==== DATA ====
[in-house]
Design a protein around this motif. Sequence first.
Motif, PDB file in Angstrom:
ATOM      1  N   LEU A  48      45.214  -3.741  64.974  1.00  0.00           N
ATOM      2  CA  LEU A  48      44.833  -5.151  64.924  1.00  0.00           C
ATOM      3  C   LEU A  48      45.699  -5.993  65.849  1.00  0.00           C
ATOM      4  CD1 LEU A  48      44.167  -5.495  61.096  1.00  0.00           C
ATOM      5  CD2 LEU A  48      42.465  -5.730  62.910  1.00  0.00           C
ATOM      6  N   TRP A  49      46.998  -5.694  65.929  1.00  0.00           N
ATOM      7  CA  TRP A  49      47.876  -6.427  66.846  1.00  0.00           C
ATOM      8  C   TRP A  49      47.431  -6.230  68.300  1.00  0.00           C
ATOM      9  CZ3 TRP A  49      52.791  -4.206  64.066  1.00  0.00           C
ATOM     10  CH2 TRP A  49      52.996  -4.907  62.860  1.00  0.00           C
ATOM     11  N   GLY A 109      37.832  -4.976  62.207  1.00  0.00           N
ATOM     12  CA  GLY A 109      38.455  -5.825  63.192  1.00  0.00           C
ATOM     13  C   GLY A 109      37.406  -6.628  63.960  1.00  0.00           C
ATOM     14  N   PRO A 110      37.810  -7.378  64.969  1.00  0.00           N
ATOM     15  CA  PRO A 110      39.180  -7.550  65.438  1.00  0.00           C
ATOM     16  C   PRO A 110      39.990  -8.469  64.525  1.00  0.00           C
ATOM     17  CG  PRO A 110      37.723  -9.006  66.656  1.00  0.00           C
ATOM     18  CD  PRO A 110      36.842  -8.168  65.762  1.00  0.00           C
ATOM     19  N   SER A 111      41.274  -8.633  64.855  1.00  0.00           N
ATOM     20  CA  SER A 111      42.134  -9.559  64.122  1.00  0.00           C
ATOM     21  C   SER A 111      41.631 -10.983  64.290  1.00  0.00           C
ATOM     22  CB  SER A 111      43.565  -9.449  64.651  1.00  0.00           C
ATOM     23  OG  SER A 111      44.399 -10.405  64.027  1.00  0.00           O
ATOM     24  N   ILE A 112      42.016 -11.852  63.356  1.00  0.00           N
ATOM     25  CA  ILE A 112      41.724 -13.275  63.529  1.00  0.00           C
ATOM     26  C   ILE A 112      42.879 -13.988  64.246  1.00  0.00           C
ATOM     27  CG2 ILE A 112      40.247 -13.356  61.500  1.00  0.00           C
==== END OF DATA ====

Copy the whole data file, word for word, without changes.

[in-house]
Design a protein around this motif. Sequence first.
Motif, PDB file in Angstrom:
ATOM      1  N   LEU A  48      45.214  -3.741  64.974  1.00  0.00           N
ATOM      2  CA  LEU A  48      44.833  -5.151  64.924  1.00  0.00           C
ATOM      3  C   LEU A  48      45.699  -5.993  65.849  1.00  0.00           C
ATOM      4  CD1 LEU A  48      44.167  -5.495  61.096  1.00  0.00           C
ATOM      5  CD2 LEU A  48      42.465  -5.730  62.910  1.00  0.00           C
ATOM      6  N   TRP A  49      46.998  -5.694  65.929  1.00  0.00           N
ATOM      7  CA  TRP A  49      47.876  -6.427  66.846  1.00  0.00           C
ATOM      8  C   TRP A  49      47.431  -6.230  68.300  1.00  0.00           C
ATOM      9  CZ3 TRP A  49      52.791  -4.206  64.066  1.00  0.00           C
ATOM     10  CH2 TRP A  49      52.996  -4.907  62.860  1.00  0.00           C
ATOM     11  N   GLY A 109      37.832  -4.976  62.207  1.00  0.00           N
ATOM     12  CA  GLY A 109      38.455  -5.825  63.192  1.00  0.00           C
ATOM     13  C   GLY A 109      37.406  -6.628  63.960  1.00  0.00           C
ATOM     14  N   PRO A 110      37.810  -7.378  64.969  1.00  0.00           N
ATOM     15  CA  PRO A 110      39.180  -7.550  65.438  1.00  0.00           C
ATOM     16  C   PRO A 110      39.990  -8.469  64.525  1.00  0.00           C
ATOM     17  CG  PRO A 110      37.723  -9.006  66.656  1.00  0.00           C
ATOM     18  CD  PRO A 110      36.842  -8.168  65.762  1.00  0.00           C
ATOM     19  N   SER A 111      41.274  -8.633  64.855  1.00  0.00           N
ATOM     20  CA  SER A 111      42.134  -9.559  64.122  1.00  0.00           C
ATOM     21  C   SER A 111      41.631 -10.983  64.290  1.00  0.00           C
ATOM     22  CB  SER A 111      43.565  -9.449  64.651  1.00  0.00           C
ATOM     23  OG  SER A 111      44.399 -10.405  64.027  1.00  0.00           O
ATOM     24  N   ILE A 112      42.016 -11.852  63.356  1.00  0.00           N
ATOM     25  CA  ILE A 112      41.724 -13.275  63.529  1.00  0.00           C
ATOM     26  C   ILE A 112      42.879 -13.988  64.246  1.00  0.00           C
ATOM     27  CG2 ILE A 112      40.247 -13.356  61.500  1.00  0.00           C